Category Archives: Parks

Jerome Leland’s pigeons

In the early 20th century, Springfield hotel menus often included squab – breast of squab, “royal squab sur canape,” etc. But pigeons (the more common name for squab) made their way into the heart, not the stomach, of Jerome A. … Continue reading

Posted in Agriculture, Animals, Buildings, Farming, Hotels & taverns, Parks, Prominent figures | 3 Comments

Comer Cox, Urban League leader

Comer Cox, the namesake of Comer Cox Park in Springfield, was an Alabama native and star athlete in his  youth who went on to lead the Springfield Urban League. Comer Lane Cox was born May 9, 1905, in Athens, Ala. … Continue reading

Posted in African Americans, Business, Parks, Prominent figures, Social services | Leave a comment

Springfield Sallies (professional women’s baseball)

The Springfield Sallies were one of the least successful, and also shortest-lived, teams in the All-American Girls Professional Baseball League. The league, whose memory was revived by the 1992 movie “A League of Their Own,” lasted from 1943 to 1954. … Continue reading

Posted in Amusements, Parks, Prominent figures, Sports and recreation, Women | 2 Comments

Women’s golf, 1899

“A crowd of young society women in 1899 shocked the conventions of the day by reckless indulgence in a game called golf,” the Illinois State Journal recalled in 1931. Most of that sentence was nonsense. There’s no evidence anyone was … Continue reading

Posted in Amusements, Media, Parks, Photos and photosets, Prominent figures, Social life, Sports and recreation, Women | Leave a comment

Rees Memorial Carillon

Before the Springfield Park Board could build a carillon in Washington Park, it had to answer two questions: how many bells would it hold, and what kind would they be? When newspaper publisher Thomas Rees died in 1933, he left … Continue reading

Posted in Architecture, Communications, Journalism, Local government, Parks, Prominent figures, Uncategorized | 3 Comments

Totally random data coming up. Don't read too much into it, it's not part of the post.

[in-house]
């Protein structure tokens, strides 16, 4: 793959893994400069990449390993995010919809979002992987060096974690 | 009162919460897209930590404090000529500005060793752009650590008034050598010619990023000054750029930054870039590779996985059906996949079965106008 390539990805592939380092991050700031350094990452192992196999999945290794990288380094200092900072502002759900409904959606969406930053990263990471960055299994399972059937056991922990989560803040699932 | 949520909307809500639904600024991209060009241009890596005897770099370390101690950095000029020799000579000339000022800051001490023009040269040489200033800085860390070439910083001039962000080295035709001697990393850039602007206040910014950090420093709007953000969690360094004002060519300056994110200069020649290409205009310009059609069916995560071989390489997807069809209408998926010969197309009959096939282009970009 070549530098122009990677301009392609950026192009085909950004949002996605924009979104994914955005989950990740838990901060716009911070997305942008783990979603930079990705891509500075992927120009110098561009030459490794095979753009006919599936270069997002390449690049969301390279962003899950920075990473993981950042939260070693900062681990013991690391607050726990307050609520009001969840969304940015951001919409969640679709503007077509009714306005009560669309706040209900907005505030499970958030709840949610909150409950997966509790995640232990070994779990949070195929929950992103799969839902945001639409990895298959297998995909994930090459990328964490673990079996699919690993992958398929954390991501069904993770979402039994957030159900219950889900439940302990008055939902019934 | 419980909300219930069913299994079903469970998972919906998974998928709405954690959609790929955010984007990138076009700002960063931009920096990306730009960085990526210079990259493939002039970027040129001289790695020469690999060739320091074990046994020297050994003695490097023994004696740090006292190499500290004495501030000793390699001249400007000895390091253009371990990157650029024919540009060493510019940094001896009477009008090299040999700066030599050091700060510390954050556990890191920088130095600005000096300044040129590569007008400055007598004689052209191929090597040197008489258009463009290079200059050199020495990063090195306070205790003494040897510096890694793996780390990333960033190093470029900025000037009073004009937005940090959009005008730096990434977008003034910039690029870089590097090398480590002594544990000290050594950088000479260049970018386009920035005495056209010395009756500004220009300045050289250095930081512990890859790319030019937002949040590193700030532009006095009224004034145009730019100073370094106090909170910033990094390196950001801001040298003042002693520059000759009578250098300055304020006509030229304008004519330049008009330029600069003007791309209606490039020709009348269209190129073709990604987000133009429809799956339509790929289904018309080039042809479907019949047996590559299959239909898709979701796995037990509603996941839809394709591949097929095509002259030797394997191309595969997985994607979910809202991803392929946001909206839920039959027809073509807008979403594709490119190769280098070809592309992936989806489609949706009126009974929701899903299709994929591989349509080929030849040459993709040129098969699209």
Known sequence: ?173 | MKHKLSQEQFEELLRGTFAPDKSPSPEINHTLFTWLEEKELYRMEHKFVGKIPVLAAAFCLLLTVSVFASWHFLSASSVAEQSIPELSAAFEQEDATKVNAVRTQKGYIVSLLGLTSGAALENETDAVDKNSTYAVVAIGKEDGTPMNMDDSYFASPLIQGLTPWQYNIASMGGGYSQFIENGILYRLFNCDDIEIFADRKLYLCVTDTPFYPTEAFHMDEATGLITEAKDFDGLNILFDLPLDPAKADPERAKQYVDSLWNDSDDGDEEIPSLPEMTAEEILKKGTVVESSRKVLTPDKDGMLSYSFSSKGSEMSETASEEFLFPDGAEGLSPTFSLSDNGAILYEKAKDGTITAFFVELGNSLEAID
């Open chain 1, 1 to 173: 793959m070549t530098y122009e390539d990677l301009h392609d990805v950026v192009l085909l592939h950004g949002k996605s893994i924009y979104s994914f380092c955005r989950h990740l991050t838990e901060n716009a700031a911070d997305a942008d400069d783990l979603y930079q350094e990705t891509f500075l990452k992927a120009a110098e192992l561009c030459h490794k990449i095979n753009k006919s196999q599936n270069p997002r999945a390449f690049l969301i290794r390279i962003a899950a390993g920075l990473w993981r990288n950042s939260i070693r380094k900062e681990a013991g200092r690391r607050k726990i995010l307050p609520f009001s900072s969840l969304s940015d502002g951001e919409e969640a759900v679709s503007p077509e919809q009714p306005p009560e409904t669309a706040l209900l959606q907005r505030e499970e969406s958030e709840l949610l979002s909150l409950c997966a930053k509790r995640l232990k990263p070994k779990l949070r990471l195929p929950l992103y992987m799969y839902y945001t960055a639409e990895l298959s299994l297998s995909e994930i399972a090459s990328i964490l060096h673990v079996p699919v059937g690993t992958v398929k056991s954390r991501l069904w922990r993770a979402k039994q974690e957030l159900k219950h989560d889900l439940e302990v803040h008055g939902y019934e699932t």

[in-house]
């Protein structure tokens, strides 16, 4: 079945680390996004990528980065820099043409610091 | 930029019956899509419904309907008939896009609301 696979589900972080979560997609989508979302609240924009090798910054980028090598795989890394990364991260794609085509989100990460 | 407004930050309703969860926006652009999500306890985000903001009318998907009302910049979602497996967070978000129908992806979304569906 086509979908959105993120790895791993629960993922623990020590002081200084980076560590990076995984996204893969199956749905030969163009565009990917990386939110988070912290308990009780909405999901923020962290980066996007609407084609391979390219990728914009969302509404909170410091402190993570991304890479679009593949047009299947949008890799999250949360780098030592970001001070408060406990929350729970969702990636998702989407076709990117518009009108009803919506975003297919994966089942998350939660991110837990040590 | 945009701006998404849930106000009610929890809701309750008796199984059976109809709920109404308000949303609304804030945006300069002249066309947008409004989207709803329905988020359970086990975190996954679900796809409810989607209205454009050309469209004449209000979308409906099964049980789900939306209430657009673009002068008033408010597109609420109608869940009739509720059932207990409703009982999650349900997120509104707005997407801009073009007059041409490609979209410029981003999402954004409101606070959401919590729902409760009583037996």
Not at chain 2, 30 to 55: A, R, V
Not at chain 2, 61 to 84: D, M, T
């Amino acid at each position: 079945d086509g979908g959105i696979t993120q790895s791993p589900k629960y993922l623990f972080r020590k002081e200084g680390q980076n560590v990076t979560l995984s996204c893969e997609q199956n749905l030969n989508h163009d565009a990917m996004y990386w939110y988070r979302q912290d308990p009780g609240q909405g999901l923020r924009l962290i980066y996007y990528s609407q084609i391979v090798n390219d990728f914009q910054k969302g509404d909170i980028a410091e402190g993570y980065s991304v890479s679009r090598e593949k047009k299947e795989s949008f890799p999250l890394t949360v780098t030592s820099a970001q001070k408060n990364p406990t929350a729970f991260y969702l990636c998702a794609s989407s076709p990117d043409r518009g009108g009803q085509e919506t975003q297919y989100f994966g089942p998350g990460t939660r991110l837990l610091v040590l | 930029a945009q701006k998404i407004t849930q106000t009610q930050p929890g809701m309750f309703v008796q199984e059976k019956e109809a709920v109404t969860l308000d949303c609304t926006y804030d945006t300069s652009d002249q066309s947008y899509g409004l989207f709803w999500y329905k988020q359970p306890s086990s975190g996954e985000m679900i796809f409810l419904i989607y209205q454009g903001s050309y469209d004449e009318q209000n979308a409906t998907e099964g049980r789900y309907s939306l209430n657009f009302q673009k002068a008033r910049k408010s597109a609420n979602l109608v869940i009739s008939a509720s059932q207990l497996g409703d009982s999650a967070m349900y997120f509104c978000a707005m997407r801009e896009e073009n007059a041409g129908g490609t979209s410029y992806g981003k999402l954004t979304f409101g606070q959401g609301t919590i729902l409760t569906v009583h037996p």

Cotton Hill

Cotton Hill was the only community wiped from the map by the construction of Lake Springfield in the 1930s. But there wasn’t much there to begin with. The Illinois State Journal explained the origin of Cotton Hill in an editorial … Continue reading

Posted in Communities, Local government, Parks | 5 Comments

Iron Spring, Washington Park

The Iron Spring in Washington Park originally poured forth from a sandstone cave at the foot of a steep clay bluff. Cattle drank its water. But when Washington Park opened in 1901, the spring was one of its earliest attractions. … Continue reading

Posted in Historic Sites, Local government, Markers, Parks, Social life, Sports and recreation | Leave a comment

Founding of Douglas Park, 1921

The Springfield Park Board bought the property that became Douglas Park (later Duncan Park) in September 1920, but there was a problem with developing the new land: the neighborhood stank.* The park district paid $20,000 to buy the 26-acre “Enos … Continue reading

Posted in Local government, Parks, Public health | 5 Comments

Camp Sangamo

When the Boy Scouts opened their first Camp Sangamo in 1920, the amenities included a Victrola, a croquet set and two rowboats. But no telephone. As the Scout organization explained in the Illinois State Journal prior to opening: There will … Continue reading

Posted in Children, Parks, Sports and recreation | 2 Comments

Carnegie library pillars

The five limestone columns that face the courtyard of the Washington Park Horticulture Center make up the last exterior remains of Springfield’s old Carnegie library. Andrew Carnegie paid part of the construction cost of the old library, which opened in … Continue reading

Posted in Architecture, Arts and letters, Parks, Uncategorized | 3 Comments